Father Najeeb Michael saved as many people as he could.
Right before Islamic State stormed his village, he packed as many people as possible into his car and fled to Irbil in the dead of night.
“It is not easy to describe this criminal day, this black day which Daesh occupied Mosul and around Mosul,” Father Najeeb told VOA, using a local term for the extremist group.
“It was the night of August 6, 2014, a very dangerous and sad day and night when many thousands of people left Mosul and also Qaraqosh,” he recalled.
Qaraqosh is an ancient Assyrian Christian town southeast of Mosul.
“This night I left Qaraqosh just two hours before Daesh came and occupied Qaraqosh, and I bring with me thousands of manuscripts in my cars,” he said.
The manuscripts include parchments that date back more than 1,000 years, and historical documents related to astrology, theology and philosophy.
Mike Albin, a U.S.-based Arab world specialist formerly with the Library of Congress, told VOA the manuscripts are irreplaceable.
“The manuscripts rescued by Father Najeeb are as important for the history of Iraq’s culture as any museum object or archeological site,” Albin said.
“His heroism in rescuing the manuscripts and his organizational skill in preserving them are a priceless contribution to the preservation of mankind’s cultural heritage,” he said of Father Najeeb.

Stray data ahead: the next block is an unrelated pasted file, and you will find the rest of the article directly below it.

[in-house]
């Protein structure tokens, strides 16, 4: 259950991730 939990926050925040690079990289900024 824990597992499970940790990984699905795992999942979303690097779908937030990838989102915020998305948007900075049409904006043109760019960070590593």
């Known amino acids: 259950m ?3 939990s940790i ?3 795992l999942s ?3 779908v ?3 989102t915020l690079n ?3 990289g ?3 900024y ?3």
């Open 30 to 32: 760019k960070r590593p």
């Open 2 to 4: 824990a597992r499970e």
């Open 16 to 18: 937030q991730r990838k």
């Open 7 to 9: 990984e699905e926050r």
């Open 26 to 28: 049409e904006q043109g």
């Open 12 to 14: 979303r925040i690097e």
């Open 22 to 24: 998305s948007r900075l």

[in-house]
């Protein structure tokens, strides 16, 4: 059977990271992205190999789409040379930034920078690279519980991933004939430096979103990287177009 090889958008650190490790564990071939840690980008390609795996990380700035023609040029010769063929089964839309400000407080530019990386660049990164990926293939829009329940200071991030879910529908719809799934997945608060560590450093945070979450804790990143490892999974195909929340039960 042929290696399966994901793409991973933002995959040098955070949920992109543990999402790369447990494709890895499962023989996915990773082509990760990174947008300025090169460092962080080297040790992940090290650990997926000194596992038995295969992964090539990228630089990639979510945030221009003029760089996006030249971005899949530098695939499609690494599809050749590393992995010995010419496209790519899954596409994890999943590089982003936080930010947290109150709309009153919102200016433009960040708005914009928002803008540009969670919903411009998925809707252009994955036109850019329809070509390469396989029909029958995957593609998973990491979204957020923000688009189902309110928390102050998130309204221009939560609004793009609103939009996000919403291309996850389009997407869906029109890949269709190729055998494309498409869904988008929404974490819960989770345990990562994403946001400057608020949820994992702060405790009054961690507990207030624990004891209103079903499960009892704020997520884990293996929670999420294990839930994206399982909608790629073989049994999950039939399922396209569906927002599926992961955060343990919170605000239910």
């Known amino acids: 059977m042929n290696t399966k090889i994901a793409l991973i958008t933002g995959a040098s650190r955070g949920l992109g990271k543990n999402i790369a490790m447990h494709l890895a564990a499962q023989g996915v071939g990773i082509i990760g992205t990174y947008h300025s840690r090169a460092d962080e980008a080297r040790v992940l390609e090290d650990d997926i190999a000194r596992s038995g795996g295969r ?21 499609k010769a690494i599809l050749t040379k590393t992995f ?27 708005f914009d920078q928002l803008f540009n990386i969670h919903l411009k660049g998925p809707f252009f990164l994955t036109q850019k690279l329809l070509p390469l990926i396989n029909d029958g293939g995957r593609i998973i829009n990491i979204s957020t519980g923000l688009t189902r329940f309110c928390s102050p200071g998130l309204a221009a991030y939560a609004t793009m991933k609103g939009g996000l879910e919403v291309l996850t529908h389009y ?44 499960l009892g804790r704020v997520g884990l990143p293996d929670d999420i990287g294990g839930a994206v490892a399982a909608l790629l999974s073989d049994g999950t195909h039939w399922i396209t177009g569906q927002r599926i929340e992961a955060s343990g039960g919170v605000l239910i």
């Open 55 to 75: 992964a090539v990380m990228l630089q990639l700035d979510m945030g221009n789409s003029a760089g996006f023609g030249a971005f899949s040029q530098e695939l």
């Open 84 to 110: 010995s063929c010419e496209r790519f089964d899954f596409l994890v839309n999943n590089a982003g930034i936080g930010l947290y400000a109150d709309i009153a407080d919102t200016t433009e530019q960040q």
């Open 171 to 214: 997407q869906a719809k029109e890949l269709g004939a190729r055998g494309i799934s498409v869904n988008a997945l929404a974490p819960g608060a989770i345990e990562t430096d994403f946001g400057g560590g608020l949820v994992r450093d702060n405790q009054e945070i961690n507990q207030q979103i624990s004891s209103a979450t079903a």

Some of the documents now are tucked away inside a metal filing cabinet in the middle of a rundown building in central Irbil, kept in gray boxes tied in cream-colored ribbons.
Father Najeeb said he managed to sneak many pieces, including paintings, out of Qaraqosh and surrounding churches 10 days before the extremists stormed in.
“I felt we were in a dangerous situation and IS will attack us, that’s why…I chose a big truck and put everything inside, many thousands of manuscripts, and also many thousands of documentation and archiving and precious things, and I take it out of danger.”
Opposite the file cabinet, Father Najeeb has set up a camera above a small table, where he and a number of students are painstakingly photographing every page of every manuscript.
By digitizing these historical pages, Father Najeeb hopes he will forever preserve Iraq’s Christian history.
ARTICLE ASSISTED BY: Michael Albin